May 7, 2020 - Politics & Policy

Trump's personal valet tests positive for coronavirus

Photo: Doug Mills-Pool/Getty Images

The White House confirmed on Thursday that a member of the U.S. Navy who serves as one of President Trump's personal valets has tested positive for coronavirus, CNN reports.

Why it matters: Trump and Vice President Mike Pence both tested negative after being told about their potential exposure, but the episode illustrates how close the virus can get to the president even with precautions in place.

The big picture: White House press secretary Kayleigh McEnany argued at a press briefing Wednesday that the notion of every American frequently being tested for the virus is "simply nonsensical."

  • However, the White House's method of contact tracing and rapid testing with its 15-minute Abbott Labs test in order to protect Trump and Pence is precisely what many experts say could allow life to return to normal if executed at scale.
  • The problem remains that the U.S. still has limited testing capacity, and that testing is generally reserved for vulnerable Americans and those who present symptoms.

Go deeper: White House unveils coronavirus testing plan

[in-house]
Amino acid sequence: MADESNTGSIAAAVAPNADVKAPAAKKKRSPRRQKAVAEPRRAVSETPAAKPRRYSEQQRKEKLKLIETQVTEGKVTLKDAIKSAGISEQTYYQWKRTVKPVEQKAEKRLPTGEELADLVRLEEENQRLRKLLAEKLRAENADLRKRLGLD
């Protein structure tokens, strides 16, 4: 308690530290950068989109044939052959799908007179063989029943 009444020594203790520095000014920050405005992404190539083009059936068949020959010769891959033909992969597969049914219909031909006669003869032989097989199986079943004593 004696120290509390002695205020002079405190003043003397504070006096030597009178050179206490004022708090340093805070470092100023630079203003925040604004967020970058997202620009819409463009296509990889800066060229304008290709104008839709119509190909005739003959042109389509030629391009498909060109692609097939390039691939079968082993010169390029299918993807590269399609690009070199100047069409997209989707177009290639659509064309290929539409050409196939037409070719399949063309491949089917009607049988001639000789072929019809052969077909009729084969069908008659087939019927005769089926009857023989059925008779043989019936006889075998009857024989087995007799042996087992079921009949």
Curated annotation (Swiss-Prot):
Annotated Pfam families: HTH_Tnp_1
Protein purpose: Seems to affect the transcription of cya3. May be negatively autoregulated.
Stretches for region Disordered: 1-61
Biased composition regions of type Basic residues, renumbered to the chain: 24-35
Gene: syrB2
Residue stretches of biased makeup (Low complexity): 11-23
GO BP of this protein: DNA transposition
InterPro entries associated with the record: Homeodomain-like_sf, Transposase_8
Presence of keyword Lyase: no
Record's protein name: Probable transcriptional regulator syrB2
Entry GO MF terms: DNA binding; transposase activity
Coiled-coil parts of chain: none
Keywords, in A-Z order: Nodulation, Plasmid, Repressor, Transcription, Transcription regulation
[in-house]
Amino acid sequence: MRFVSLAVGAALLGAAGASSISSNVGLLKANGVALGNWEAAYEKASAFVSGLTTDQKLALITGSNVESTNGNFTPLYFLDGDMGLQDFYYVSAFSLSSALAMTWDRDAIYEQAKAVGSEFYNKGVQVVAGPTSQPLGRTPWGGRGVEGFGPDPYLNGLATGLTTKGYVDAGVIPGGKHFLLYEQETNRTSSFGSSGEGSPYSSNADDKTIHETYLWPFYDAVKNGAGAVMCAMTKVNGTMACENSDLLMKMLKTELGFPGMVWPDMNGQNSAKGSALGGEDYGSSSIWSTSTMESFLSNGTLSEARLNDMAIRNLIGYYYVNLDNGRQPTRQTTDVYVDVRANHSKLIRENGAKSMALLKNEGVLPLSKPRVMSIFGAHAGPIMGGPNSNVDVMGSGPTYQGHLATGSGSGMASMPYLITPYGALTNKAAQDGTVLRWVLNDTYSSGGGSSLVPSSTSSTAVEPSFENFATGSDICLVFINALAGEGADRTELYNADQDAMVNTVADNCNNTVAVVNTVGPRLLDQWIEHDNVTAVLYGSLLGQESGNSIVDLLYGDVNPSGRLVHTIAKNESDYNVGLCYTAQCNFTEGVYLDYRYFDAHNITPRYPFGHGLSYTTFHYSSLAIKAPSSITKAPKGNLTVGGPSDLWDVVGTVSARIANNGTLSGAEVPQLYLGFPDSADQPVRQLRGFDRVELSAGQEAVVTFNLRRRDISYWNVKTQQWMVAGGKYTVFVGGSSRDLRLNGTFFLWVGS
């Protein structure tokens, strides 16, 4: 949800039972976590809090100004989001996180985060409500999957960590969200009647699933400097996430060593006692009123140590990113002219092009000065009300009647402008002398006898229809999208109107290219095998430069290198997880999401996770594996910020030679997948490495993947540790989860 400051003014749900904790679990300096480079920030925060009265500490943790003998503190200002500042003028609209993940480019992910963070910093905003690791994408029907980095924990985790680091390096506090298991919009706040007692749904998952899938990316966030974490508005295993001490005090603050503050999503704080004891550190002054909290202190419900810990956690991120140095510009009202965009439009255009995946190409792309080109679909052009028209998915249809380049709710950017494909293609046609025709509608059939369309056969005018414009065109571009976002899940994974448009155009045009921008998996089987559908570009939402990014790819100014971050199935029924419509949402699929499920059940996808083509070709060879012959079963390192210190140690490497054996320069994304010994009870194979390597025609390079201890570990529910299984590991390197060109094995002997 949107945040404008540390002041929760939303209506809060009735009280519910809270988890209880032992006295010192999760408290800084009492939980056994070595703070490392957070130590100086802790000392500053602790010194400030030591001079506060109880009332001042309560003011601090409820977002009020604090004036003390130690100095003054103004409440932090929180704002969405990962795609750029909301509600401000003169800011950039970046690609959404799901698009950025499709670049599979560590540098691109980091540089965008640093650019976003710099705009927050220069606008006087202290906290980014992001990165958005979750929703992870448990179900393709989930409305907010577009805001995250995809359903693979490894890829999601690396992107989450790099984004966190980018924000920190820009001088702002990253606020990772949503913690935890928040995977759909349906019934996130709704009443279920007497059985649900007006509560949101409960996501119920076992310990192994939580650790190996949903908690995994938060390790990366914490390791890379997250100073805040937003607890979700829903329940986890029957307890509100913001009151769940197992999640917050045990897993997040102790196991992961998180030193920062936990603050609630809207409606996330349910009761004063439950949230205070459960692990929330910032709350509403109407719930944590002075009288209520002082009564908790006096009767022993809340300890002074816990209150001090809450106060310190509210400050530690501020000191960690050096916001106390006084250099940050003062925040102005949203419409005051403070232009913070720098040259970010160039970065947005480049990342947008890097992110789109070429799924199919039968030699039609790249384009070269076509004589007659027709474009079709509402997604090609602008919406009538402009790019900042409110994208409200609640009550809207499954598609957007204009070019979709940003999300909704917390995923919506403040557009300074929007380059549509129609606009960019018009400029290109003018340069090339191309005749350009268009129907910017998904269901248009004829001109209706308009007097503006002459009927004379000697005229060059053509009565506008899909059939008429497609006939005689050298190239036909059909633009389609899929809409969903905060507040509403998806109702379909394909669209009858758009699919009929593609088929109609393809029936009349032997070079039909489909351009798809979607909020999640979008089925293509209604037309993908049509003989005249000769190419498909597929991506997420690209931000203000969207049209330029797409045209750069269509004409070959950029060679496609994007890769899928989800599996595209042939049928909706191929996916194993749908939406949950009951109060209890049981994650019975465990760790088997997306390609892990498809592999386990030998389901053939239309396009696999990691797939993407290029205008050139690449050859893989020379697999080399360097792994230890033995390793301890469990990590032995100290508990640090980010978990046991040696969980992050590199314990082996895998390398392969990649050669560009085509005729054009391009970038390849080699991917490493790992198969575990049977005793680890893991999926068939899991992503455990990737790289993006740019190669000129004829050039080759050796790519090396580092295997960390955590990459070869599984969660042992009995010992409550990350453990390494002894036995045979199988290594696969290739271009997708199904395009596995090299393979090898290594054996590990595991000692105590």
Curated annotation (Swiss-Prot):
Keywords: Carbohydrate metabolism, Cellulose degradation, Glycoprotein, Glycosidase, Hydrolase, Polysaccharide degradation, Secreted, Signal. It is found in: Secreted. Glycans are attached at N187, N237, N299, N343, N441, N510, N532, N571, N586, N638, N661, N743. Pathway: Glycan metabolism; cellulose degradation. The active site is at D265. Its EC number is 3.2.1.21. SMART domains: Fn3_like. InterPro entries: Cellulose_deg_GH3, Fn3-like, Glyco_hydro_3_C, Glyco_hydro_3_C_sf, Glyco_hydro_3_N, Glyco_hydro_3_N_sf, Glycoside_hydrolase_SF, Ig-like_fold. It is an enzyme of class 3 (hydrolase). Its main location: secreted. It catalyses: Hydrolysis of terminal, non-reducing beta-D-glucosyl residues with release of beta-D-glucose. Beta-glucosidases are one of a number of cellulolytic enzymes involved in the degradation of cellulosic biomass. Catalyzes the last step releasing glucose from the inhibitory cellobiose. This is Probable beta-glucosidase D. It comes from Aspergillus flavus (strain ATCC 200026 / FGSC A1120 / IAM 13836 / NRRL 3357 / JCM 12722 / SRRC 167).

Go deeper

Coronavirus cases spike in Texas, Oregon and Arizona

Data: The COVID Tracking Project, state health departments; Map: Andrew Witherspoon, Sara Wise, Naema Ahmed/Axios

Texas, Arizona and Oregon saw significant spikes last week in new coronavirus infections, while cases also continued to climb in a handful of states where steady increases have become the norm.

Why it matters: Nationwide, new cases have plateaued over the past week. To get through this crisis and safely continue getting back out into the world, we need them to go down — a lot.

12 hours ago - Health

HHS requests data on race and ethnicity with coronavirus test results

A nurse writes a note as a team of doctors and nurses performs a procedure on a coronavirus patient in the Regional Medical Center on May 21 in San Jose, California. Photo: Justin Sullivan/Getty Images

The Department of Health and Human Services moved on Thursday to require that an individual's race, ethnicity, age and sex be submitted to the agency with novel coronavirus test results.

Why it matters: Some cities and states have reported the virus is killing black people at disproportionately high rates. There are gaps in the national picture of how many people of color are affected, since the data has not been a requirement for states to collect or disclose.

Updated 10 hours ago - Health

U.S. coronavirus updates

Data: The Center for Systems Science and Engineering at Johns Hopkins; Map: Andrew Witherspoon/Axios. This graphic includes "probable deaths" that New York City began reporting on April 14.

The Department of Health and Human Services moved on Thursday to require that an individual's race, ethnicity, age and sex be submitted to the agency with novel coronavirus test results.

Why it matters: Some cities and states have reported the virus is killing black people at disproportionately high rates. There are gaps in the national picture of how many people of color are affected, since the data has not been a requirement for states to collect or disclose.